No, the Payroll Tax Cut Doesn’t Hurt the Trust Fund

For indispensable reporting on the coronavirus crisis and more, subscribe to Mother Jones' newsletters.


Senator Mark Kirk explains his opposition to extending the payroll tax cut that was originally passed last year:

The White House has redefined this as the payroll tax deduction. It’s not the payroll tax deduction — it’s contributions to Social Security. And when the American people hear that we have legislation moving forward to cut contributions to Social Security and drive the trust fund into the red, I think opposition would be fairly overwhelming.

Everybody gets to put their own spin on things, and this has become a common Republican meme over the past week or two. Unfortunately, it’s just factually false. Normally, a reduction in the payroll tax would indeed reduce contributions to the Social Security trust fund, but last year’s bill specifically made up for this loss from the general fund. The trust fund got every penny it normally would have, and all the proposals on the table this year do the same.

What changes here isn’t the solvency of the trust fund. What changes is where the money comes from. Payroll taxes mainly come from the middle and working classes. The general fund is supported by income taxes, which mainly come from the well-off and the rich. So, generally speaking, a payroll tax cut that’s compensated for by transfers from the general fund reduces the taxes of the middle and working classes and raises the taxes of the well-off and the rich.

If Republicans object to this — and they do — they should say so. But it’s long past time to stop pretending that this has anything to do with the trust fund, and long past time for the media to stop passing along this claim unchallenged.

Thank you!

We didn't know what to expect when we told you we needed to raise $400,000 before our fiscal year closed on June 30, and we're thrilled to report that our incredible community of readers contributed some $415,000 to help us keep charging as hard as we can during this crazy year.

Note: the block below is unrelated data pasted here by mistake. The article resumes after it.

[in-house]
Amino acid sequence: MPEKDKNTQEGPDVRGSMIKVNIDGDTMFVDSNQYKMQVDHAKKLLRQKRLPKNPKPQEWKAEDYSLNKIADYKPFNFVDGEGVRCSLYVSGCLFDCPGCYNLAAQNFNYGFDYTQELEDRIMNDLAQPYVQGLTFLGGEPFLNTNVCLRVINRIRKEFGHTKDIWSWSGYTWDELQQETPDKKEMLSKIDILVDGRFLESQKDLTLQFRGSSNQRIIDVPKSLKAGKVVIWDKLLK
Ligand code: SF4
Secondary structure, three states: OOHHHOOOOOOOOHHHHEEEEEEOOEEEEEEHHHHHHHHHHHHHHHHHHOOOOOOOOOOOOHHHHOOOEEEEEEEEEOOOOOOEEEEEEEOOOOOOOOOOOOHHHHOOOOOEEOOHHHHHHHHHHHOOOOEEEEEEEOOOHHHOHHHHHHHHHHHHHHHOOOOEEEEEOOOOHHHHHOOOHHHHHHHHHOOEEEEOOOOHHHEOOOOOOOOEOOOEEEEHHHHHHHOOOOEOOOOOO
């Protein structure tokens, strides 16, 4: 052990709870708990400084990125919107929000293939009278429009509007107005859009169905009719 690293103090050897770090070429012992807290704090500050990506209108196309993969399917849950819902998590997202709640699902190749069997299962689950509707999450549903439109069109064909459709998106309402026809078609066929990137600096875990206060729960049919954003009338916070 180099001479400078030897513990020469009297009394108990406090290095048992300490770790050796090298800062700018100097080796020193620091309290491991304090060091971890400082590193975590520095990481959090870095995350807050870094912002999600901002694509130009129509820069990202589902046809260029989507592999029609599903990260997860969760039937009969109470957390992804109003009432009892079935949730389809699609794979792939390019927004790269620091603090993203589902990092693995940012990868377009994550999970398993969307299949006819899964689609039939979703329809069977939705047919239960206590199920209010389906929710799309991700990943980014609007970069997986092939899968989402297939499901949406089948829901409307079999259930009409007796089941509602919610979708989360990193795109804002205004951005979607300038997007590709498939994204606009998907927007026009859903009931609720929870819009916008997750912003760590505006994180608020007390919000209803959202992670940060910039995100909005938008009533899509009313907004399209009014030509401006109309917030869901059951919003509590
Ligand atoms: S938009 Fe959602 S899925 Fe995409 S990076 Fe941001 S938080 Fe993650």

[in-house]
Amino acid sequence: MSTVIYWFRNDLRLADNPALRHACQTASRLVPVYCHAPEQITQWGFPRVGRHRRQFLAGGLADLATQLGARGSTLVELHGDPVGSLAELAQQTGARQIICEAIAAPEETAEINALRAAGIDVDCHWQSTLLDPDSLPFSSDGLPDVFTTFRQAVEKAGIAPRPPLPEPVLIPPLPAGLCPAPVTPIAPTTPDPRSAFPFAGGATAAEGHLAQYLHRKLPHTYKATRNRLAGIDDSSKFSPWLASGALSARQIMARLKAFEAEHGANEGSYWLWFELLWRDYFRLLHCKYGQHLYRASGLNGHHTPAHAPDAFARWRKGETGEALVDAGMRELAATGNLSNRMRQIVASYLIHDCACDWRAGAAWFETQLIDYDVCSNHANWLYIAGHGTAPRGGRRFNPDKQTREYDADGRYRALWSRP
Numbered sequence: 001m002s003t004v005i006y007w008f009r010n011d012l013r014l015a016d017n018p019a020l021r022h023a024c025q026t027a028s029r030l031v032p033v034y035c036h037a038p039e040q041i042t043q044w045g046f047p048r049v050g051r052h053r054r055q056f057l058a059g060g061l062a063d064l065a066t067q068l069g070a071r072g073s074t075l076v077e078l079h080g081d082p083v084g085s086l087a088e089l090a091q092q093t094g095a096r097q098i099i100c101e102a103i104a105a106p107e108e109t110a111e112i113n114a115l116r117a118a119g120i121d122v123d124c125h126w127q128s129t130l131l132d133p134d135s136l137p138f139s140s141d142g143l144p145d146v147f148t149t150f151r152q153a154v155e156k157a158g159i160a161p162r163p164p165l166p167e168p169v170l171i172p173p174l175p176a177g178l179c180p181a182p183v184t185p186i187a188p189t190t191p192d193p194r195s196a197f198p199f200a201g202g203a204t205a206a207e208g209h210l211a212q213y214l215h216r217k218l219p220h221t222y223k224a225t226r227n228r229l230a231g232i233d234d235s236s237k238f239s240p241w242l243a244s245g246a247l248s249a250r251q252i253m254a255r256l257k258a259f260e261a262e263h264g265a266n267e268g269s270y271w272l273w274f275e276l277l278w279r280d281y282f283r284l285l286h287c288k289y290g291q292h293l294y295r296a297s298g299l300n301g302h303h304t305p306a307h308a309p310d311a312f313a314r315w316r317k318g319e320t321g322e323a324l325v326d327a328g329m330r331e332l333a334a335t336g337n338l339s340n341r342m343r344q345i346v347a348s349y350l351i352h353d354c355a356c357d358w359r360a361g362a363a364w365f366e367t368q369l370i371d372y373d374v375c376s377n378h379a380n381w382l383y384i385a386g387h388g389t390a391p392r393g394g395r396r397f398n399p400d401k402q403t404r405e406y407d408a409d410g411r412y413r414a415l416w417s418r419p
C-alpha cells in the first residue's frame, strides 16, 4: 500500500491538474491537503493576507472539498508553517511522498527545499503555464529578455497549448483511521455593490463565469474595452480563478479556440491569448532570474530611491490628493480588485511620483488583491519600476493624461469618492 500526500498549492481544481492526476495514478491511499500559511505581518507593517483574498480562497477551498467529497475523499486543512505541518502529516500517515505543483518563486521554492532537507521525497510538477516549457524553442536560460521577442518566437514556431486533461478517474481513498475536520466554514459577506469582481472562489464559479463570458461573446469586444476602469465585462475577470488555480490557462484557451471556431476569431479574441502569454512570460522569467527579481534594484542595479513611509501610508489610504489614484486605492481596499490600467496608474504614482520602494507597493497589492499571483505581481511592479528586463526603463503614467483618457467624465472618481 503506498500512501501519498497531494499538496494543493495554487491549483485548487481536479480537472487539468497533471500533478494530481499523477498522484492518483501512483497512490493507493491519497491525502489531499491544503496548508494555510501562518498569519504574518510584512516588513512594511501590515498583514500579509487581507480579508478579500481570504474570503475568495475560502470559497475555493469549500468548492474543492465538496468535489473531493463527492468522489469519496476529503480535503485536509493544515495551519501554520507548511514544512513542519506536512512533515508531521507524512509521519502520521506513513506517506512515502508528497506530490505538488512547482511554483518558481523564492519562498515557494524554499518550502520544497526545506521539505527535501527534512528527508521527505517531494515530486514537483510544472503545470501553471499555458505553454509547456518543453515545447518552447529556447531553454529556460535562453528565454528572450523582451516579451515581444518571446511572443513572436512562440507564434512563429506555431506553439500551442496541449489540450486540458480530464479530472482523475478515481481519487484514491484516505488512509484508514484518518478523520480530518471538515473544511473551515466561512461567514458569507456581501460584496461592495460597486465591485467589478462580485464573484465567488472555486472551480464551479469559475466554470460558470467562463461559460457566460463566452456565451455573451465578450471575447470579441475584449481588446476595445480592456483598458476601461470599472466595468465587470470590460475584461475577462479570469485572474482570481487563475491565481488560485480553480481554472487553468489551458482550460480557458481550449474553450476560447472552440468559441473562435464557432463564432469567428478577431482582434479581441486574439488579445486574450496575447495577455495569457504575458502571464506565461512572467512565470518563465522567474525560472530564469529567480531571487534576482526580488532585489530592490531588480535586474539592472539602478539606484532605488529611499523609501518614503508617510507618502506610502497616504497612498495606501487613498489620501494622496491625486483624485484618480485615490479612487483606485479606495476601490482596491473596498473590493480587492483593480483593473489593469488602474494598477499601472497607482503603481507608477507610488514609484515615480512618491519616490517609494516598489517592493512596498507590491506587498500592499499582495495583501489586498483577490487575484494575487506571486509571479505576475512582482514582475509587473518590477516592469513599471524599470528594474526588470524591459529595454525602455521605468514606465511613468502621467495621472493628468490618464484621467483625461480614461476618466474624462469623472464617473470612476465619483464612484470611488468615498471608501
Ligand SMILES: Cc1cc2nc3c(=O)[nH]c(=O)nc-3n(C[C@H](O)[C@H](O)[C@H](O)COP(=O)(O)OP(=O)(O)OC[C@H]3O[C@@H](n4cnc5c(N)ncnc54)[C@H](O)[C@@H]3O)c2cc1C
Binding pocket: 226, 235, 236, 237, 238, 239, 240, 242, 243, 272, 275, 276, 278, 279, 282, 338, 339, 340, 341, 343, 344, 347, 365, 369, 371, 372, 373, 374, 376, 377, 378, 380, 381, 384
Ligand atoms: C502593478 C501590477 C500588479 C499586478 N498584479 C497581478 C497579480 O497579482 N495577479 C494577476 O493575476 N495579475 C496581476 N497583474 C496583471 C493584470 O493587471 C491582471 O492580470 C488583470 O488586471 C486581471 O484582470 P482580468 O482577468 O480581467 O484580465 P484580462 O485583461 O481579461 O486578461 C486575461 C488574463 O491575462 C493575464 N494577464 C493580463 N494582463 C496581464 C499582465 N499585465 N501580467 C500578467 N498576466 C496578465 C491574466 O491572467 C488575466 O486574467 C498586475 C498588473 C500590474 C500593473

You just sent an incredible message: that quality journalism doesn't have to answer to advertisers, billionaires, or hedge funds; that newsrooms can eke out an existence thanks primarily to the generosity of its readers. That's so powerful. Especially during what's been called a "media extinction event" when those looking to make a profit from the news pull back, the Mother Jones community steps in.

The months and years ahead won't be easy. Far from it. But there's no one we'd rather face the big challenges with than you, our committed and passionate readers, and our team of fearless reporters who show up every day.

Thank you!

We didn't know what to expect when we told you we needed to raise $400,000 before our fiscal year closed on June 30, and we're thrilled to report that our incredible community of readers contributed some $415,000 to help us keep charging as hard as we can during this crazy year.

You just sent an incredible message: that quality journalism doesn't have to answer to advertisers, billionaires, or hedge funds; that newsrooms can eke out an existence thanks primarily to the generosity of its readers. That's so powerful. Especially during what's been called a "media extinction event" when those looking to make a profit from the news pull back, the Mother Jones community steps in.

The months and years ahead won't be easy. Far from it. But there's no one we'd rather face the big challenges with than you, our committed and passionate readers, and our team of fearless reporters who show up every day.

We Recommend

Latest

Sign up for our newsletters

Subscribe and we'll send Mother Jones straight to your inbox.

Get our award-winning magazine

Save big on a full year of investigations, ideas, and insights.

Subscribe

Support our journalism

Help Mother Jones' reporters dig deep with a tax-deductible donation.

Donate

We have a new comment system! We are now using Coral, from Vox Media, for comments on all new articles. We'd love your feedback.